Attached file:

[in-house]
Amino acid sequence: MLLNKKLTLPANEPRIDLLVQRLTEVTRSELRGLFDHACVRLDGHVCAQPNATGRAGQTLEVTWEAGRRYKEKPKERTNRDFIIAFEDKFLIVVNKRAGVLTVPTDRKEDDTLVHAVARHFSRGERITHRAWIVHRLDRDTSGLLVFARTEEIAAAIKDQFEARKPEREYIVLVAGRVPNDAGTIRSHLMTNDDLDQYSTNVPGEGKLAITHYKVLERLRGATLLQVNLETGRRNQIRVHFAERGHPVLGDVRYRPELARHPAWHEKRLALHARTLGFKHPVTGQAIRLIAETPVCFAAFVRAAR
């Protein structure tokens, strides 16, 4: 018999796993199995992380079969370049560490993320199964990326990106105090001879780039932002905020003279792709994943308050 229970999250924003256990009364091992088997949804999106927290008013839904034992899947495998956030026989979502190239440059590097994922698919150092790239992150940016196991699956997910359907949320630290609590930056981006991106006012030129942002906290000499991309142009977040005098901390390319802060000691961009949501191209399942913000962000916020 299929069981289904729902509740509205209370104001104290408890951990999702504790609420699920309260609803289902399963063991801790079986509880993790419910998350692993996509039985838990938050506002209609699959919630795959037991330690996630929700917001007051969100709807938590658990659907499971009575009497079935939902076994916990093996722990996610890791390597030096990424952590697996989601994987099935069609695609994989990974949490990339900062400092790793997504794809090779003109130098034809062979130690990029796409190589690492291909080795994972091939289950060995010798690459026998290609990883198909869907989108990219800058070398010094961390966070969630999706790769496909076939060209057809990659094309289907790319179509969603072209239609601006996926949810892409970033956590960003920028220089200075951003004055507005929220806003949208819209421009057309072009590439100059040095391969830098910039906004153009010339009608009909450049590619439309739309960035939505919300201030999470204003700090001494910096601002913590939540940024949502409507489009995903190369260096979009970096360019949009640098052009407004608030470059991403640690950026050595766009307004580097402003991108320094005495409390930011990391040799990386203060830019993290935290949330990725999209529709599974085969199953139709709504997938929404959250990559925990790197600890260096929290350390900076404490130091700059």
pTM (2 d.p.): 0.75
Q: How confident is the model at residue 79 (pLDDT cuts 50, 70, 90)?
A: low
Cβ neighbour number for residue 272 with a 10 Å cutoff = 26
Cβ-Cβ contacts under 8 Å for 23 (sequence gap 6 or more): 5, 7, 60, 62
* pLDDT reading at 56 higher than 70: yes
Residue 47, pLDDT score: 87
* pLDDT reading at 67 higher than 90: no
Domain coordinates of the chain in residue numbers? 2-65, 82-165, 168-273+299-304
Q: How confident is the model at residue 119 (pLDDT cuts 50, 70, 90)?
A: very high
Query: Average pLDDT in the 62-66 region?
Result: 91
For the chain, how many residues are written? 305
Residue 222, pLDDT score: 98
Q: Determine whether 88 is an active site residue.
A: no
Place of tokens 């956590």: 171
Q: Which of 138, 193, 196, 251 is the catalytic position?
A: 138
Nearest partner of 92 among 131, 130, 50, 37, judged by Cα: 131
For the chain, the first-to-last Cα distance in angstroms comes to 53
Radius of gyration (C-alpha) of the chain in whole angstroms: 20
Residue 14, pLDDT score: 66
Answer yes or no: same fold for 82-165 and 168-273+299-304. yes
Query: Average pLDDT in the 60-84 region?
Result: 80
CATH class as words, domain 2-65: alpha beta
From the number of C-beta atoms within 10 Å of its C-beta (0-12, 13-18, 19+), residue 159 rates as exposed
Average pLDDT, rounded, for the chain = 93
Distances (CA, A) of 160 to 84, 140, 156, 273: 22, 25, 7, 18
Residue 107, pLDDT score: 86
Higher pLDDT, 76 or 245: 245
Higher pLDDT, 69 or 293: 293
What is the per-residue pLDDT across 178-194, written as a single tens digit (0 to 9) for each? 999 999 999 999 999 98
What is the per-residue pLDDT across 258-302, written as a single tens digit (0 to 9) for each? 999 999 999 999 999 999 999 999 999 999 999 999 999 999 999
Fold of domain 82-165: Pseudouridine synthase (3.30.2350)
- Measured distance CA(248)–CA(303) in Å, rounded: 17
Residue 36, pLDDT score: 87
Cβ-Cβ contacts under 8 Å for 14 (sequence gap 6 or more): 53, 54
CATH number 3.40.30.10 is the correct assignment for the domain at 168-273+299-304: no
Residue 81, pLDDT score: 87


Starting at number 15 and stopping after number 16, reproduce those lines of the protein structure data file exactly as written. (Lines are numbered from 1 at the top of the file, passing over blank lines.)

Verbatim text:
Query: Average pLDDT in the 62-66 region?
Result: 91